LOS ANGELES - As of Monday, confirmed infections in the United States stood at over 5 million, with deaths topping 163,000, the highest in the world, according to the count kept by Johns Hopkins University. The confirmed number of coronavirus cases in the world topped 20 million.
It was reported on Sunday that over 5 million people have tested positive for COVID-19 in the United States, a grim milestone that comes just days after the global death count from the novel coronavirus reached over 700,000.
The United States' confirmed case count far surpasses that of any other country. Brazil is the country with the second-highest number of confirmed cases with over 3 million, followed by India with over 2.1 million and Russia with more than 886,000, according to Aug. 9 data from Johns Hopkins.
Schools are reopening as new infections run at about 54,000 a day in the U.S. While that’s down from a peak of well over 70,000 in the second half of July, cases are rising in nearly 20 states, and deaths are climbing in most of them.
The Centers for Disease Control and Prevention (CDC) predicted the U.S. could see an increase of 11,000 COVID-19 deaths per week by Aug. 22, based on data gathered from forecasts from 34 different modeling groups.
The CDC forecasts that total U.S. deaths from COVID-19 could reach 173,000 by Aug. 22 — with a possible range between 168,000 to 182,000.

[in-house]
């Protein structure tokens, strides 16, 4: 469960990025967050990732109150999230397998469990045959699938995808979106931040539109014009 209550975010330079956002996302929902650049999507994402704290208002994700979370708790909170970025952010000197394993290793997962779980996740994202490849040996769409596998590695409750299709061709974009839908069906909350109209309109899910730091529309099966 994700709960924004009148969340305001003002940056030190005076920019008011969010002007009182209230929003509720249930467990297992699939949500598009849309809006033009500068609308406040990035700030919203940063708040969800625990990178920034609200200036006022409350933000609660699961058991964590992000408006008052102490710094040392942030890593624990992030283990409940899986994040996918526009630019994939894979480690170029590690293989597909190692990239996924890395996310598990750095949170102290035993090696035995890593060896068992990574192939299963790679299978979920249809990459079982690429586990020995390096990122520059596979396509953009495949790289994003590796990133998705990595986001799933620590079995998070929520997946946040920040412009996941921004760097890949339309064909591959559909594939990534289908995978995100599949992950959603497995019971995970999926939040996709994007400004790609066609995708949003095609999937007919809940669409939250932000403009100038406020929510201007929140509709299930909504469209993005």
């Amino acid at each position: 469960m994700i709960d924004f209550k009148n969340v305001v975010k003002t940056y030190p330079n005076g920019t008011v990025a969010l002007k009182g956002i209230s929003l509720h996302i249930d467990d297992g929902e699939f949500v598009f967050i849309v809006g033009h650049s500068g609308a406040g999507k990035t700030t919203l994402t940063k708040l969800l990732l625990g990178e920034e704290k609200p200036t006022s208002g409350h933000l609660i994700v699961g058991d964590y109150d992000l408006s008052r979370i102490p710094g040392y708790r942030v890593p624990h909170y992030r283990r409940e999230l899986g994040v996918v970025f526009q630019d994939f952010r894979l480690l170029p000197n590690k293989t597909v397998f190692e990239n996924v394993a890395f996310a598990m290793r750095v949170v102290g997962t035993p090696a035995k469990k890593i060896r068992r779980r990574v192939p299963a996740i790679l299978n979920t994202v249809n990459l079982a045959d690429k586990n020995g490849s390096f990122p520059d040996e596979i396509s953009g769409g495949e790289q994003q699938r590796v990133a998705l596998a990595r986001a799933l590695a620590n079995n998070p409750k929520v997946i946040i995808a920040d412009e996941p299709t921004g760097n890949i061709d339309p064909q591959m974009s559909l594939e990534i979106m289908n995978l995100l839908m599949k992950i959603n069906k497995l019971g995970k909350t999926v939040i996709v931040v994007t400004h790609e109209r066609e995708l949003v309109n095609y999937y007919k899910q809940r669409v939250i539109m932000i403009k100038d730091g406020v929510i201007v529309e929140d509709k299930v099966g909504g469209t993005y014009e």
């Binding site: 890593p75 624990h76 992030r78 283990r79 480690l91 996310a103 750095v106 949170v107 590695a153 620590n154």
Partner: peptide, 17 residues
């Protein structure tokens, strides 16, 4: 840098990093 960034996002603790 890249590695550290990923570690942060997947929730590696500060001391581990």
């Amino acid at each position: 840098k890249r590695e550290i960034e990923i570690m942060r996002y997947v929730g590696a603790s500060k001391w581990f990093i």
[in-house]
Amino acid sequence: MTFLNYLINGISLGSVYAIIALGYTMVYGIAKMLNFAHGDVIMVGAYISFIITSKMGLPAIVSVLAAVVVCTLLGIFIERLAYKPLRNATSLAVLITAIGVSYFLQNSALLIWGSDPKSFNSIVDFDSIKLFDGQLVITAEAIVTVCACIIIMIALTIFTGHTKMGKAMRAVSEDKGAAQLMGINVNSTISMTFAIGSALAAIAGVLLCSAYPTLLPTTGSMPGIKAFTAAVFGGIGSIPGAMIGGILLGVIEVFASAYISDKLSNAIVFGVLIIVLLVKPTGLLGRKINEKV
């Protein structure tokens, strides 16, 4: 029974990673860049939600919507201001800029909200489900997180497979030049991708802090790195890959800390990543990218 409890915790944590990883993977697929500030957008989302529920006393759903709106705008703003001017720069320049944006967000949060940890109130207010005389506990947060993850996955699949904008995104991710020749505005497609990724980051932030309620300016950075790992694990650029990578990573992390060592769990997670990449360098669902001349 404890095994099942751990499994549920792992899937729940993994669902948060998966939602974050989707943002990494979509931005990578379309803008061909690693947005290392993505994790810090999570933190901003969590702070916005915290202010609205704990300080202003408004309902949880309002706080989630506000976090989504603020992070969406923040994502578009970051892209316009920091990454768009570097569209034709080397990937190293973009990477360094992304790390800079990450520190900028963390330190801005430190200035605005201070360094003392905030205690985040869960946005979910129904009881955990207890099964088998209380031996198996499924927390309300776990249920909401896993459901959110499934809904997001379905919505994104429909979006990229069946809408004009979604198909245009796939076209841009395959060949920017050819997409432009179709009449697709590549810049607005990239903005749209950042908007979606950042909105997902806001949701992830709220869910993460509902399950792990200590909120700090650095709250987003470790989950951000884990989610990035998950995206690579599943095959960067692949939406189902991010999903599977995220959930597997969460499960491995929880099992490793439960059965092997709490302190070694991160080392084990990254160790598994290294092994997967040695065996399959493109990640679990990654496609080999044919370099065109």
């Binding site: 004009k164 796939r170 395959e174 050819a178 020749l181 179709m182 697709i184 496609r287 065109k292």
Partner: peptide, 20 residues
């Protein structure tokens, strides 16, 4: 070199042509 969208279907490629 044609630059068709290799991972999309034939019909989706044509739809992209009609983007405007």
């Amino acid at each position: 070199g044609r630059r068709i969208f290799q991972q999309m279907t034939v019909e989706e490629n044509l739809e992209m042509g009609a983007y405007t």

New cases began surging in June after many U.S. states reopened their economies, resulting in some governors pausing reopening plans or closing certain businesses once again.
Dr. Deborah Birx, the White House coronavirus task force coordinator, said Aug. 2 that the virus was "extraordinarily widespread" in the U.S. and infections in urban and rural America marked a "new phase" for the pandemic in the country.
The U.S. State Department also lifted its "Global Level 4 Health Advisory" on Thursday, which was previously put in place to limit international travel amid the coronavirus pandemic.
With health and safety conditions improving in some countries and potentially deteriorating in others, the Department is returning to our previous system of country-specific levels of travel advice (with Levels from 1-4 depending on country-specific conditions), in order to give travelers detailed and actionable information to make informed travel decisions," the U.S. State Department said in a notice posted online.
This is a developing story. Check back for more.
Catherine Park contributed to this story.